Randy Gage one of my mentors in the network marketing wrote an article that is going to bring clarity if you are in the process of taking the decision to join or not a Cryptocurrency Multi-level Network Marketing
5 Questions to Ask Before You Join an MLM Cryptocurrency Program…
Since my Manifesto, R.I.P. MLM was released, the discussion on MLM cryptocurrency programs has moved into overdrive.
But that is not stopping more deals from springing up! And the new ones are even more sophisticated that the earlier ones.
I’ve been trying to figure out the analogy that best matches what is happening in the crypto space now, and I finally figured it out: The “cocaine cowboys” days of Miami in the 80s. Since that ended up with me taking a bullet in the gut, I’m hoping for a better outcome this time around!
So I’m taking the next step of posting another warning about the cryptocurrency deals presenting themselves as network marketing programs.
I believe there are five pretty basic questions you can ask, which can immediately weed out the questionable proposals. Here they are:
- Is the blockchain programming open and published? And been verified by an independent cybersecurity audit?
(If the answer is no to either of these, you can stop here and move on.) I’m just looking at the website of the latest “hot” crypto deal that is storming social media right now. Their “whitepaper,” which is where legitimate cryptocurrencies usually their programing code, is actually a sales letter. It’s filled with hype like “bitcoin on steroids,” and what appears to be “cut and paste” copy plagiarized from authentic companies.
- Is there an actual eco-system?
Meaning, that the token or coin they offer can actually be used as currency. You should be able to transfer it into another currency such as the dollar, yen, pound, etc. And there needs to be actual places you can spend the currency. (And no, this doesn’t mean a website set up by the founders where they offer their knitted sweaters, one restaurant their sister owns, and their mother’s hair styling salon.) It means real vendors, businesses, and people who are not participants in the money game that accepts the cryptocurrency.
- Are they located in a first-world country with real consumer regulatory protection in place?
When a company tells you they are operating in offshore states because they believe other country’s regulations are too “onerous,” – are they simply trying to operate in a haven with less chance of going to prison? Ask yourself what would happen if they stole all of your money. Would you have any legal recourse in that country?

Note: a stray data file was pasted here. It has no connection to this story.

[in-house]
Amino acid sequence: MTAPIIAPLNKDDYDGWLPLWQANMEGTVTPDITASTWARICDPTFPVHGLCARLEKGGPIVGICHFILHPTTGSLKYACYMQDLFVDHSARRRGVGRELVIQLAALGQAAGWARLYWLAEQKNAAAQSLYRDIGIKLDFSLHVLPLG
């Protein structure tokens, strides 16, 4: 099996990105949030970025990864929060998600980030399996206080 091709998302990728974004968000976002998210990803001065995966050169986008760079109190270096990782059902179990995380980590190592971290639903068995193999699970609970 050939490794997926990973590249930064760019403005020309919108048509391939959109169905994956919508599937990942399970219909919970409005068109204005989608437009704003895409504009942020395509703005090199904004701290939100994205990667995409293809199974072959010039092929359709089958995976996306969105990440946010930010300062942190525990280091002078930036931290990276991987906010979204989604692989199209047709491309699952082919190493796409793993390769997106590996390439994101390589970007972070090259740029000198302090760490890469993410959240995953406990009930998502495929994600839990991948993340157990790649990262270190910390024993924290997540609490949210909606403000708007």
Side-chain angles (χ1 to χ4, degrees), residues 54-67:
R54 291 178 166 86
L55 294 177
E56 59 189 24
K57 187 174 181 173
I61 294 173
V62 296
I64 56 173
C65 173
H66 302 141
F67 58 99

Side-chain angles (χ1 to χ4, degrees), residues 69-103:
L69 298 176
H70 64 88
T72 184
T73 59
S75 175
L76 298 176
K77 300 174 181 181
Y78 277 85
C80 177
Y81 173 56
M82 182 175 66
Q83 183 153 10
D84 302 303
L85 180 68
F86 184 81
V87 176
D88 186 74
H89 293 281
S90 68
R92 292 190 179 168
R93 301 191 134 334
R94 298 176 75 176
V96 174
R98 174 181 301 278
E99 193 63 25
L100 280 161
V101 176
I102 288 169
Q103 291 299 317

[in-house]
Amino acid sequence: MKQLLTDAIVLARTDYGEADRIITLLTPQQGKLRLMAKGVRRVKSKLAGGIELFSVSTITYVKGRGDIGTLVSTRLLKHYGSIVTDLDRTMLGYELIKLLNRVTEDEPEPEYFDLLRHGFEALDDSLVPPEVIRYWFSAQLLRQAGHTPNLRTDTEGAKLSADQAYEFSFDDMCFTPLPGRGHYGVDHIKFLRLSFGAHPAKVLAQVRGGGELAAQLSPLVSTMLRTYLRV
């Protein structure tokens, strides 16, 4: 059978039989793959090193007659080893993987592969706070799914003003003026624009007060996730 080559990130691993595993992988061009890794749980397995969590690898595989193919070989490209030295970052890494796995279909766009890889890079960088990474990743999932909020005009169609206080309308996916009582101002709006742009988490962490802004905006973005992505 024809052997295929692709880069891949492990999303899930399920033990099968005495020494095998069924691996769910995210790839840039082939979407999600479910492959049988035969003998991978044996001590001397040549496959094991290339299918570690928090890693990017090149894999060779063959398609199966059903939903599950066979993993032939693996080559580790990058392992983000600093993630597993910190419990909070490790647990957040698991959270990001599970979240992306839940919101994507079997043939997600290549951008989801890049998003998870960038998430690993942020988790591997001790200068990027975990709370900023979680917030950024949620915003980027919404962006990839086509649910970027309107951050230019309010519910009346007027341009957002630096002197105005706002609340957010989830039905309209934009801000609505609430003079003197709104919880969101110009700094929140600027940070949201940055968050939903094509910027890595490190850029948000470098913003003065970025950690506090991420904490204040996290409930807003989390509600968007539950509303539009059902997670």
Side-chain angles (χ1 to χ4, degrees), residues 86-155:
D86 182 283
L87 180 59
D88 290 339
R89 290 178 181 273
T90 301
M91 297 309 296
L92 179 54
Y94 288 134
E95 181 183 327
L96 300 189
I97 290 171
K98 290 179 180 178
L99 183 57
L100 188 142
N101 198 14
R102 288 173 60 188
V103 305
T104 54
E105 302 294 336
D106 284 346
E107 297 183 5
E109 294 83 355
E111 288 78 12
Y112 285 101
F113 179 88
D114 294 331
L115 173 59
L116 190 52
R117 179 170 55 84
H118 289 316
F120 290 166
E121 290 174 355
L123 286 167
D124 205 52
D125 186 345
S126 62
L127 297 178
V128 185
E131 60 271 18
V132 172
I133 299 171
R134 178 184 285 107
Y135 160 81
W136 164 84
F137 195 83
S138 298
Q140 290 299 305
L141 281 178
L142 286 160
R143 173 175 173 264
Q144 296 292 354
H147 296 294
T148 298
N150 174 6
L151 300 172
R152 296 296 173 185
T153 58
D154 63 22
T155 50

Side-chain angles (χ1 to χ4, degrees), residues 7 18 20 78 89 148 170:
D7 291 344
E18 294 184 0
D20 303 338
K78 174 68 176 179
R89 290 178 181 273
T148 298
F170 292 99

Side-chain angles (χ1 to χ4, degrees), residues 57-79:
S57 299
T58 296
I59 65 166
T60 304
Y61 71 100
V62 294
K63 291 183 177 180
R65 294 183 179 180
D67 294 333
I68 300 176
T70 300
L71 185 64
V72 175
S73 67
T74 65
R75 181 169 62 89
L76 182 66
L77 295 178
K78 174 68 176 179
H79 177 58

- Are there laws in your country that regulate, certify or license people who promote investment opportunities?
In many countries, promoting currency or forex investing options without accreditation and licensing will get you a trip to prison.
- Do the promoters guarantee returns?
If they do, of any amount or percentage, run away immediately!
If you begin your due diligence by asking these five questions, it’s a pretty safe bet you will eliminate 99 or even 100% of the companies claiming to be MLM cryptocurrency programs.
And provided you find one that somehow passed these questions, my personal opinion is that forex trading and cryptocurrency investing are not appropriate products for network marketing anyway.
Full Disclosure: I am not “anti-crypto” or on a vendetta against cryptocurrencies, as some people are suggesting.
People who follow my work know I predicted the rise of cryptocurrencies back in 2012, in my New York Times bestseller, Risky Is the New Safe.
In fact, I have invested in cryptocurrencies and continue to hold some in my portfolio.
Personally I categorize cryptocurrencies in the High Risk/High Reward segment of my portfolio.
I do believe one currency will ultimately shake out as the market matures and become the accepted alternative to fiat currencies. (And just for you guys who are going to ask,
I don’t actually believe it will be Bitcoin.)
In my opinion, cryptocurrencies have a dramatically higher risk than precious metals, because of the potential dangers of hacking, insider manipulation, and electromagnetic pulse warfare.
Any one of these three scenarios could wipe out an entire cryptocurrency (or all of them) instantly.
So borrowing money to invest, or investing money you cannot afford to lose is a very bad idea in this sector.
Please don’t invest without consulting with your certified financial or investment advisor.
And if the cryptocurrency you’re investing in is being promoted by a network marketing pay plan, I think it’s a foolish idea that will victimize a lot of innocent people.
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